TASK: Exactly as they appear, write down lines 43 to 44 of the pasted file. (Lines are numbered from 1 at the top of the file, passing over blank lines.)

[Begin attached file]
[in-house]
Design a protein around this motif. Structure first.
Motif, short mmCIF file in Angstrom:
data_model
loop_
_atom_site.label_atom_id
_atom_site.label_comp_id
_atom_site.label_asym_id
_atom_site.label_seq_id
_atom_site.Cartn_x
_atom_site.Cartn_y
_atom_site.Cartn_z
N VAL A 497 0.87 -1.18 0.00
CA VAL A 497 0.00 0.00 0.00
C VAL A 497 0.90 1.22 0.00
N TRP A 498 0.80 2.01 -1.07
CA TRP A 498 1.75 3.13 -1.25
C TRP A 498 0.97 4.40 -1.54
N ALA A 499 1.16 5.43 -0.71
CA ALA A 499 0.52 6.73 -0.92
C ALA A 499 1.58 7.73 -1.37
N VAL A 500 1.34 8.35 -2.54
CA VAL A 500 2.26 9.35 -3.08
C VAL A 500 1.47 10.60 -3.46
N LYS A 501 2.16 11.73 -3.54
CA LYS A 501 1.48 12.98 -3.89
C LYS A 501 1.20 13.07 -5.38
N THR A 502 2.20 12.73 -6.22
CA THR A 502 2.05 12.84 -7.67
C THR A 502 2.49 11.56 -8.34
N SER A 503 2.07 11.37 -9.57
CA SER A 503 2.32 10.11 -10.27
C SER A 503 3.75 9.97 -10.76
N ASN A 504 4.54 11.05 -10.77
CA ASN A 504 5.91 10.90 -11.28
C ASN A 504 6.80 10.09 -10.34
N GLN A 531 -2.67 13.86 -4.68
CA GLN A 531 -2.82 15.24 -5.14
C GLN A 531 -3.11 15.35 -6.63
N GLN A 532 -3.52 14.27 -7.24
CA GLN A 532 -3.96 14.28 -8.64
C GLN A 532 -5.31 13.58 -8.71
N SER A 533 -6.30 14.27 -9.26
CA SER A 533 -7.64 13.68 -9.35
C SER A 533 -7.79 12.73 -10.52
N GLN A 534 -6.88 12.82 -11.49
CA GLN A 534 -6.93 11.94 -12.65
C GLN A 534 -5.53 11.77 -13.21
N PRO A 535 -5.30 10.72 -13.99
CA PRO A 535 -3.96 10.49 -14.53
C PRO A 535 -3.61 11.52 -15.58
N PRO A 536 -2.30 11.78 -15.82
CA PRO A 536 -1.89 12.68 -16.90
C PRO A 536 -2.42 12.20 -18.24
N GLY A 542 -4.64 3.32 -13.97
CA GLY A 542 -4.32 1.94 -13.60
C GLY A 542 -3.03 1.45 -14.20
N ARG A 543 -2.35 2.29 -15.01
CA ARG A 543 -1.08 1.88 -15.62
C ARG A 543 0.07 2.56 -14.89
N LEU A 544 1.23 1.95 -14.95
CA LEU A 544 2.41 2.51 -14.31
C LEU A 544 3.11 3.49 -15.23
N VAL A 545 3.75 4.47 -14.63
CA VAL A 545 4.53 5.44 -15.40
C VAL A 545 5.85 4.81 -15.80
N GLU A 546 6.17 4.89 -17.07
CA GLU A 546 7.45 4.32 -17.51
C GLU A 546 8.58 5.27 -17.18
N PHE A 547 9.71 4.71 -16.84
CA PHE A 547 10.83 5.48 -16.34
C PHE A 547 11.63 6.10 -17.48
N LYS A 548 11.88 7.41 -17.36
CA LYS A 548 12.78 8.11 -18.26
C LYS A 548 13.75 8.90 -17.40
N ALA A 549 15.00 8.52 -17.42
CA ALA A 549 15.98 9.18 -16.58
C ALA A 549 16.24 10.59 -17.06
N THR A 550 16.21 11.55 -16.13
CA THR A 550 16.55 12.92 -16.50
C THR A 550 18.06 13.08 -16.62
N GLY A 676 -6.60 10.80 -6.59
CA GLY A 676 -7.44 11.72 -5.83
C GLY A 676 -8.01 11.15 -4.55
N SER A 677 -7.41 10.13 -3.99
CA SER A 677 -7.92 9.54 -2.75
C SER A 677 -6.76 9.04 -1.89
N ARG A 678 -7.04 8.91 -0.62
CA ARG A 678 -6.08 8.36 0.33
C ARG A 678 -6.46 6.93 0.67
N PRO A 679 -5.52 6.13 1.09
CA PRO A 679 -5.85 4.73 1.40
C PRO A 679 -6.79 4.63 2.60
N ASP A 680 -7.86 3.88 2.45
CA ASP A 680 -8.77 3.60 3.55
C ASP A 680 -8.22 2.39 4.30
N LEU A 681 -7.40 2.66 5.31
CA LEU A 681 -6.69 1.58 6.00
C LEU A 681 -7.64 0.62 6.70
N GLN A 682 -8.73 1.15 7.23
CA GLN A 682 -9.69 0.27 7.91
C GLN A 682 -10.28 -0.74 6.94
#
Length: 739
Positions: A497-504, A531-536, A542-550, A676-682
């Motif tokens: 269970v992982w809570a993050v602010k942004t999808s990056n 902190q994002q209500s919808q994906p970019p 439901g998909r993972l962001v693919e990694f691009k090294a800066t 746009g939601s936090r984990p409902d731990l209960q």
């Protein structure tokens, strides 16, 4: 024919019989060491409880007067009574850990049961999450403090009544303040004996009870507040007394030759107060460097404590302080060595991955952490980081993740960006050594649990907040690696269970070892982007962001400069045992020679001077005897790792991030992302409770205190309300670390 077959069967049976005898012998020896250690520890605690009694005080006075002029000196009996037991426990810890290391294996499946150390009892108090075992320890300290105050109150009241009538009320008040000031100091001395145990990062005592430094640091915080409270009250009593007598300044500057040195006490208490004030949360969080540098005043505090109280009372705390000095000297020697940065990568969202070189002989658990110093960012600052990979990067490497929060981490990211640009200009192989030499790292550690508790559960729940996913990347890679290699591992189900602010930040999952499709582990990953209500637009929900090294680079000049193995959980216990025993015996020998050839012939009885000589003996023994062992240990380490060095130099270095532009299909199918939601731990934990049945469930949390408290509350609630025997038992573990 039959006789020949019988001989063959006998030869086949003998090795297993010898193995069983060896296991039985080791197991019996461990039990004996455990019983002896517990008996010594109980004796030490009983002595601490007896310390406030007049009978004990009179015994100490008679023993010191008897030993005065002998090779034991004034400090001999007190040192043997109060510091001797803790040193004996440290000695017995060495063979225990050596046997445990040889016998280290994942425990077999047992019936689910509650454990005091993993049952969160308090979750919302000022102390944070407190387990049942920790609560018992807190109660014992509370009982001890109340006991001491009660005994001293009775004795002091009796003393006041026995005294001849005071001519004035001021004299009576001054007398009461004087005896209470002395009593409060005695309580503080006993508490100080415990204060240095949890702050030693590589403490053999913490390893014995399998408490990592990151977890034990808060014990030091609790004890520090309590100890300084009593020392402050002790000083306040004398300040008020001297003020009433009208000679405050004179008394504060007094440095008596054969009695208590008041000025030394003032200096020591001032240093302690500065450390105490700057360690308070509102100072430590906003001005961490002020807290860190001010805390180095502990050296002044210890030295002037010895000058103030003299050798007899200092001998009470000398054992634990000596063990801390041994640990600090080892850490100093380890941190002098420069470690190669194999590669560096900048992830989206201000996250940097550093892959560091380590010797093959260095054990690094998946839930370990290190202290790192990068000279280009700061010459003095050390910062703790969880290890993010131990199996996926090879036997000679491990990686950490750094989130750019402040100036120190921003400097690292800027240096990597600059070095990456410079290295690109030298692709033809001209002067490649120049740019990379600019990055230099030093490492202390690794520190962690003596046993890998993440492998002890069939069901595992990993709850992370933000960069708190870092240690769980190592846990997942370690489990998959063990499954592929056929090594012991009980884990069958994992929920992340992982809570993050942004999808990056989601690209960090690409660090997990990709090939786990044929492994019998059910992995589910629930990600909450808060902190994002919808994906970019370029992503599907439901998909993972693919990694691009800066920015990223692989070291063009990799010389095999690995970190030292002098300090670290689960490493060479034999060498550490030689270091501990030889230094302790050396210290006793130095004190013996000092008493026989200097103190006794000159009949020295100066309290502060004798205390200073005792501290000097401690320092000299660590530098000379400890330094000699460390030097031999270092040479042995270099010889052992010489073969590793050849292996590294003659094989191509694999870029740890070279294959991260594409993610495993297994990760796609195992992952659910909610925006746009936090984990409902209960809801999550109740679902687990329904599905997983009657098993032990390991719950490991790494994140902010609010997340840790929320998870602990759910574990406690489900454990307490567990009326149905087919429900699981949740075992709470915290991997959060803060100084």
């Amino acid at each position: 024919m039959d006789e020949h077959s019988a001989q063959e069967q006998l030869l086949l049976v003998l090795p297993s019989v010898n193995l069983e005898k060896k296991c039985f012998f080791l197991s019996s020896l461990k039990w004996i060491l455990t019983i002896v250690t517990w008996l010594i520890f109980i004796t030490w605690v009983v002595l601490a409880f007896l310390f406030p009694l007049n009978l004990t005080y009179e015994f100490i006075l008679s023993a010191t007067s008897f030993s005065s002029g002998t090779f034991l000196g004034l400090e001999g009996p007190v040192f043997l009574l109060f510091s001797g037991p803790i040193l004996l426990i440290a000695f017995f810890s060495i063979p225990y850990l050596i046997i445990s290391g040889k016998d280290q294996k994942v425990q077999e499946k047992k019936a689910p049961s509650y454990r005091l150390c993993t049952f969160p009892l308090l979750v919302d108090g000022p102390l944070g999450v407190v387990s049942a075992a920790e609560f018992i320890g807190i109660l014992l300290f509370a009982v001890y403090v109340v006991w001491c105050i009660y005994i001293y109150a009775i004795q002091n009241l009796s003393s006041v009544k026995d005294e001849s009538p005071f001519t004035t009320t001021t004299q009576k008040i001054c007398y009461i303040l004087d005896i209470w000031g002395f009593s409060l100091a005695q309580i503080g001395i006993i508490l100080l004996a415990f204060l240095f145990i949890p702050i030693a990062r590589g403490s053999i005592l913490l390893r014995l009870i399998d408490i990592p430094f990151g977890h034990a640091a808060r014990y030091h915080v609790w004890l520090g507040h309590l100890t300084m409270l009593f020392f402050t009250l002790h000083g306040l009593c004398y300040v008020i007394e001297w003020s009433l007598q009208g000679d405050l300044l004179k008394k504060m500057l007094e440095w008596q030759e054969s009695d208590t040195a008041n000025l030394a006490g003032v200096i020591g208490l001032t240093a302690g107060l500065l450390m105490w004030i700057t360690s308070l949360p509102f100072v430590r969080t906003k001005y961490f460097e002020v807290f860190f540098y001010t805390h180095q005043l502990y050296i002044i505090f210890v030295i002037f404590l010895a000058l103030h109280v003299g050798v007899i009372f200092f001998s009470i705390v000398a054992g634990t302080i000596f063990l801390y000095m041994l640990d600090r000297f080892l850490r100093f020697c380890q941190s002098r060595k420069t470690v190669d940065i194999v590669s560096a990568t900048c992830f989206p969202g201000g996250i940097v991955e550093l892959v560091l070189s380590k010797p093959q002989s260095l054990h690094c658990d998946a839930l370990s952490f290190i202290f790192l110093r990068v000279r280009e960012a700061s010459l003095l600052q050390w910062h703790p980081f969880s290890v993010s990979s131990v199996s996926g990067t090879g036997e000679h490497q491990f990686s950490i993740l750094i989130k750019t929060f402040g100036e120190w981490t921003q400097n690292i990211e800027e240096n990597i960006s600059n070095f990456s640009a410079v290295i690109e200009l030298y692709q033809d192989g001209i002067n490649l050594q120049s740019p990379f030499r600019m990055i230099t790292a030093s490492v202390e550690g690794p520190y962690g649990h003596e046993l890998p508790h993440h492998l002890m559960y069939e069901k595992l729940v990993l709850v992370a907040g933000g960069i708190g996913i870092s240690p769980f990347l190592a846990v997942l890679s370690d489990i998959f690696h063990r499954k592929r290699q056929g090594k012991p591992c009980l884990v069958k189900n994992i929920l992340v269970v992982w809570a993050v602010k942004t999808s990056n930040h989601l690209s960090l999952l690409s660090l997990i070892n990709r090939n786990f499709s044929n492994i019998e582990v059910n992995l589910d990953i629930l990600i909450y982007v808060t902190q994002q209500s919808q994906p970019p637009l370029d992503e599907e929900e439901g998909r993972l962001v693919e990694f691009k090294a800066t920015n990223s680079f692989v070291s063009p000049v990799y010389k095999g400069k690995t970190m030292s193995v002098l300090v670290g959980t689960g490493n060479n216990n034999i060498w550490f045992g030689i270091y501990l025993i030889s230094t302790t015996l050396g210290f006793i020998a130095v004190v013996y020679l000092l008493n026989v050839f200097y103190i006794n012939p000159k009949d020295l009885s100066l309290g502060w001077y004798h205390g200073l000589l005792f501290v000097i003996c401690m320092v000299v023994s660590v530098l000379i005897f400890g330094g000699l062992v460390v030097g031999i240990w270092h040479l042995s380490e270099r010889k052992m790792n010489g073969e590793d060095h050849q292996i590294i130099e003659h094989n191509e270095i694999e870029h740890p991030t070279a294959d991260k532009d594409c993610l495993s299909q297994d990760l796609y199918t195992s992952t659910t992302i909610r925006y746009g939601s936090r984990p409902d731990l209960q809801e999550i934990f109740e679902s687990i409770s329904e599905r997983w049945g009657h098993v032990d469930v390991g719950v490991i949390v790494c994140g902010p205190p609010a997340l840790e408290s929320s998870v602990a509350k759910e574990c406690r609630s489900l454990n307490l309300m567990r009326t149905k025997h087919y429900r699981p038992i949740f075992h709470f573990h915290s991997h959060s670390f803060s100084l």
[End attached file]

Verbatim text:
N SER A 533 -6.30 14.27 -9.26
CA SER A 533 -7.64 13.68 -9.35